Criminals hijacking online corporate brands to hide behind and masquerading for profit, are increasing their efforts, a report released today said.

Dubbed "brandjacking" by MarkMonitor, a US brand protection service provider, it says the practice is becoming a major threat to household names. "Not only is the volume of these abuses significant, but abusers are becoming alarmingly savvy marketers," said Frederick Felman, MarkMonitor's chief marketing officer.

In its first Brandjacking Index report, MarkMonitor tracked 25 of the top 100 brands for three weeks by monitoring illegal or unethical tactics that ranged from cybersquatting to pay-per-click fraud. Media companies made up the greatest percentage of targeted brands, said MarkMonitor, which pegged media's slice of brandjacking at 31%.

"Media companies are under attack due to the value of their brands and content, as well as the traffic their good names drive," the report said. "The most trafficked brands draw the most abuse."

Cybersquatting, which in terms of brandjacking usually means registering a URL that includes a real brand's name, easily took the prize for most threats. MarkMonitor tracked more than 286,000 instances in the three-week span.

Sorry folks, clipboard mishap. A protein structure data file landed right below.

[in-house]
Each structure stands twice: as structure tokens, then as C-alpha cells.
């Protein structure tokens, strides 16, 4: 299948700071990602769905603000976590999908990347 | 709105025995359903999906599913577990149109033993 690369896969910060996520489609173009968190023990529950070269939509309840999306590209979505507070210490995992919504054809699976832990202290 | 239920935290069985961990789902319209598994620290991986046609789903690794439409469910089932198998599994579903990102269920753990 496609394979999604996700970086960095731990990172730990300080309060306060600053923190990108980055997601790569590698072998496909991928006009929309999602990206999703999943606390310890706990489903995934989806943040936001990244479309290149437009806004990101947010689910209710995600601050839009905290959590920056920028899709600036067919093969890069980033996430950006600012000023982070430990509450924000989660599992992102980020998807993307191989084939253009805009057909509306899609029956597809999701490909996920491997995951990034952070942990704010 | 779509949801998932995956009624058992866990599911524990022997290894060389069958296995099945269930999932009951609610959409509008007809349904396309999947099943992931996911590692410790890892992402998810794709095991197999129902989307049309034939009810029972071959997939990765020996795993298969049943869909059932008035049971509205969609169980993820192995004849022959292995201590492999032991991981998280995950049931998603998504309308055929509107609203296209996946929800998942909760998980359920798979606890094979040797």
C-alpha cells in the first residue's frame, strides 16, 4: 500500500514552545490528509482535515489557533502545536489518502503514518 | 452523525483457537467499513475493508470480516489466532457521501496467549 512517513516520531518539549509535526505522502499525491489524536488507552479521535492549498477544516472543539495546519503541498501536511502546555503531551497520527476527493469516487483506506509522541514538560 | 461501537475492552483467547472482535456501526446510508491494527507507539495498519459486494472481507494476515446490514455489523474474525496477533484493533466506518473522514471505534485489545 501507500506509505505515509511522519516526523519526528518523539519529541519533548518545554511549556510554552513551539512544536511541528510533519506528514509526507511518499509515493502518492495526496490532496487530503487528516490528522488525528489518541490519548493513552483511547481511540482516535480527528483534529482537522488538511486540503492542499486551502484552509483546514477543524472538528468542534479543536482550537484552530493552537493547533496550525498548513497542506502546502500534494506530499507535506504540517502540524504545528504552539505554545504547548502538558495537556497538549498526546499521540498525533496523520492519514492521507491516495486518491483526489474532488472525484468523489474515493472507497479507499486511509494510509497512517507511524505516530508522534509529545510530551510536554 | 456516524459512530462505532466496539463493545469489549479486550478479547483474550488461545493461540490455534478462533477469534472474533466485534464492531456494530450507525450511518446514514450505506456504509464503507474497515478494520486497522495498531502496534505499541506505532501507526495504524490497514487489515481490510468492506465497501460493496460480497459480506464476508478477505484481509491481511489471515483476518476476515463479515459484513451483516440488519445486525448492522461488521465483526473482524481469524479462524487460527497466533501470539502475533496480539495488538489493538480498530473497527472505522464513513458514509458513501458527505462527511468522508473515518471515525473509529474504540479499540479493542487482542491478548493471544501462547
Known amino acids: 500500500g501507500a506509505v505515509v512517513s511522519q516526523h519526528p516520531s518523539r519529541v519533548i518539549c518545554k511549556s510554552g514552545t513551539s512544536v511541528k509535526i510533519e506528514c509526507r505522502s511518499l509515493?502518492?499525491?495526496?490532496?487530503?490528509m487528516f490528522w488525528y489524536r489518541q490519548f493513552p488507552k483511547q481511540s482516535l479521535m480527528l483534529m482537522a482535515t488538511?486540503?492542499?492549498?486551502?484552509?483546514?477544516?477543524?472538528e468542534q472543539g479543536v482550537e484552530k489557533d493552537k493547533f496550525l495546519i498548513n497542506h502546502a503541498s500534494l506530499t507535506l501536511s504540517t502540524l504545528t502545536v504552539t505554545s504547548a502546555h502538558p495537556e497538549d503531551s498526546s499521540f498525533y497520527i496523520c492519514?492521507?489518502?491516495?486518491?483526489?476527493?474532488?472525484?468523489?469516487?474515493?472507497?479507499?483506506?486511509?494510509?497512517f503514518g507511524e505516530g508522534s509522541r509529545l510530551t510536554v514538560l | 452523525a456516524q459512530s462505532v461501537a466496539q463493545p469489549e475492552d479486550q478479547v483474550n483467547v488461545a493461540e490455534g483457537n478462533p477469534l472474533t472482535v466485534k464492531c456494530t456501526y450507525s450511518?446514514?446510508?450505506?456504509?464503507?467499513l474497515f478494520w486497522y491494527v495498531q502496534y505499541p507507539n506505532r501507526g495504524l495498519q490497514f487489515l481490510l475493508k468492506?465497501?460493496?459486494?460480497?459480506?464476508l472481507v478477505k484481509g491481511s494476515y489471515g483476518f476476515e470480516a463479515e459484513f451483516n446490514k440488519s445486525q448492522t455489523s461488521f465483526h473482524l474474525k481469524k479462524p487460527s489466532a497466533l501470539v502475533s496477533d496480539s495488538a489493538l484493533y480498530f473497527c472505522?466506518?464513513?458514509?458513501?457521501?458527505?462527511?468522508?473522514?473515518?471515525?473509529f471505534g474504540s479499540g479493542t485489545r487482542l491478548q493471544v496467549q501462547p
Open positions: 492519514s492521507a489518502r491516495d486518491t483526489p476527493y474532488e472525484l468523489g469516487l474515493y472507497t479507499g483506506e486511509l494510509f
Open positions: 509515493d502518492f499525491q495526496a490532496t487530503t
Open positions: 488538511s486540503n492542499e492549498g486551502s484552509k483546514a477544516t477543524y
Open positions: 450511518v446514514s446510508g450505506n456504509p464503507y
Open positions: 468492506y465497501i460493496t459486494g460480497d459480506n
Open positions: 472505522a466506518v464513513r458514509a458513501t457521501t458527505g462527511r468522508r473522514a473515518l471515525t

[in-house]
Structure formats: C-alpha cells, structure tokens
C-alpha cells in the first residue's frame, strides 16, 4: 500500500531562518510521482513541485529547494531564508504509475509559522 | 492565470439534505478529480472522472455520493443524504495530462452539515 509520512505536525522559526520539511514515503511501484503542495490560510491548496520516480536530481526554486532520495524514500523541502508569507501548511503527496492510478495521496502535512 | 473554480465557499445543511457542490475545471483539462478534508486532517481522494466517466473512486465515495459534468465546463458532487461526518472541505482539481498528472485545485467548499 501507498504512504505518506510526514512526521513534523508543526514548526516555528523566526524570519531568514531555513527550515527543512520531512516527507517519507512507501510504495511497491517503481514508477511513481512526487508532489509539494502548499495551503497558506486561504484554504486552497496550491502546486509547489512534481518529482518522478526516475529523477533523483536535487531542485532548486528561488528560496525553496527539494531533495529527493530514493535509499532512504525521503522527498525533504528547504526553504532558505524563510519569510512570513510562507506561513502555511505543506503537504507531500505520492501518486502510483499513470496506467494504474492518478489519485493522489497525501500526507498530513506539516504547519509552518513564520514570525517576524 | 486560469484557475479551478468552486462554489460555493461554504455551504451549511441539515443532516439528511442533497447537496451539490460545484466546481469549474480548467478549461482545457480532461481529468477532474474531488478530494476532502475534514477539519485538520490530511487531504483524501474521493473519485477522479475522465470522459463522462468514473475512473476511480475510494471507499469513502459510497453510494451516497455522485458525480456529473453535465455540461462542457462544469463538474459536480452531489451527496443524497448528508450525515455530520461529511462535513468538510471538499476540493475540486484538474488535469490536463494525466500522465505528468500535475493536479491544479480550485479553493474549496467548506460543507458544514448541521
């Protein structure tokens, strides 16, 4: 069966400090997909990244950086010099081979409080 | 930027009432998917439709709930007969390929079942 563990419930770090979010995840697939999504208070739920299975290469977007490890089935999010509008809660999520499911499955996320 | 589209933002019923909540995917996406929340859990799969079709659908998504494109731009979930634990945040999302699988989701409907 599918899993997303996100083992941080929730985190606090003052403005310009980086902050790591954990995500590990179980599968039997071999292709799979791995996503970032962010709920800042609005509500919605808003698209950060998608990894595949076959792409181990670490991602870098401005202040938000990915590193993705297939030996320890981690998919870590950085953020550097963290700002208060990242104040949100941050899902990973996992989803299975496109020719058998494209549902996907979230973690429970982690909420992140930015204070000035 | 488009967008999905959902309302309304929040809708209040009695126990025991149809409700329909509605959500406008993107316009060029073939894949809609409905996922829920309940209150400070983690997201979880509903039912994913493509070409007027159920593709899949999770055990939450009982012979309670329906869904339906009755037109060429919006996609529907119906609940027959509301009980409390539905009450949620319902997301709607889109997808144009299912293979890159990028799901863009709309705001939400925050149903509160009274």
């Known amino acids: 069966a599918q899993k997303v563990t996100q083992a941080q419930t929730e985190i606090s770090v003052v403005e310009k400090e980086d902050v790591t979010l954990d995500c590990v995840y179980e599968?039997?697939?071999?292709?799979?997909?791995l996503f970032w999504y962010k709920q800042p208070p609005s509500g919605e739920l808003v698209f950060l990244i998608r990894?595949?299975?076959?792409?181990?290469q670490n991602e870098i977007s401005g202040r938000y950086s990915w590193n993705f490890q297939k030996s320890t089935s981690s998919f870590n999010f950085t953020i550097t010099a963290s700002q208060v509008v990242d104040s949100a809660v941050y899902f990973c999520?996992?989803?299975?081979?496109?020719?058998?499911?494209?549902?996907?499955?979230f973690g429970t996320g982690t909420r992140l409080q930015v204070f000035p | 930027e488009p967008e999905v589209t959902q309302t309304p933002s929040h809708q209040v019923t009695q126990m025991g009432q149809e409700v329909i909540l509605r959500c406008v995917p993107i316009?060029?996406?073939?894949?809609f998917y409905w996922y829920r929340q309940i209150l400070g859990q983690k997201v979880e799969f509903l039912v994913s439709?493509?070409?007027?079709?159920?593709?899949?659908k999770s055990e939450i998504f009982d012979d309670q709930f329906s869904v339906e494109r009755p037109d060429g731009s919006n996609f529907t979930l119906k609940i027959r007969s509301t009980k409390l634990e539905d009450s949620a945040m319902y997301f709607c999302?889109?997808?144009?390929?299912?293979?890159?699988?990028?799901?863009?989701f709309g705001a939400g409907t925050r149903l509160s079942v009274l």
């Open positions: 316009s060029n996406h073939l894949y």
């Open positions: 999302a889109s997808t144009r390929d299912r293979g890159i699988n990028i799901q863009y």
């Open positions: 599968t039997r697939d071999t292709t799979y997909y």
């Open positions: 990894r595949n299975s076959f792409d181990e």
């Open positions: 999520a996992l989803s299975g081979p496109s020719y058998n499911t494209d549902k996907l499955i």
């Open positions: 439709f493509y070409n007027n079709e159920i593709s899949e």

But none of the threats MarkMonitor watched worked solo. Cybersquatting, for instance, is usually combined with other abuses, such as pay-per-click fraud and domain kiting. The latter practice, which MarkMonitor said was mostly directed at financial brands, involves registering a domain, populating it with pay-per-click links from search engines like Google, which pay them a fee for click-throughs, then abandoning the domain before the five-day grace period expires and they're required to pay for the URL.

From its data, MarkMonitor extrapolated that kite-related, pay-per-click sites alone generate about $125 million (£62.5m) in profits to cyber crooks.

"Criminals have learned the rules of online marketing and how to exploit the system," said Irfan Salim, MarkMonitor chief excecutive. "They are adaptive, security savvy and opportunistic."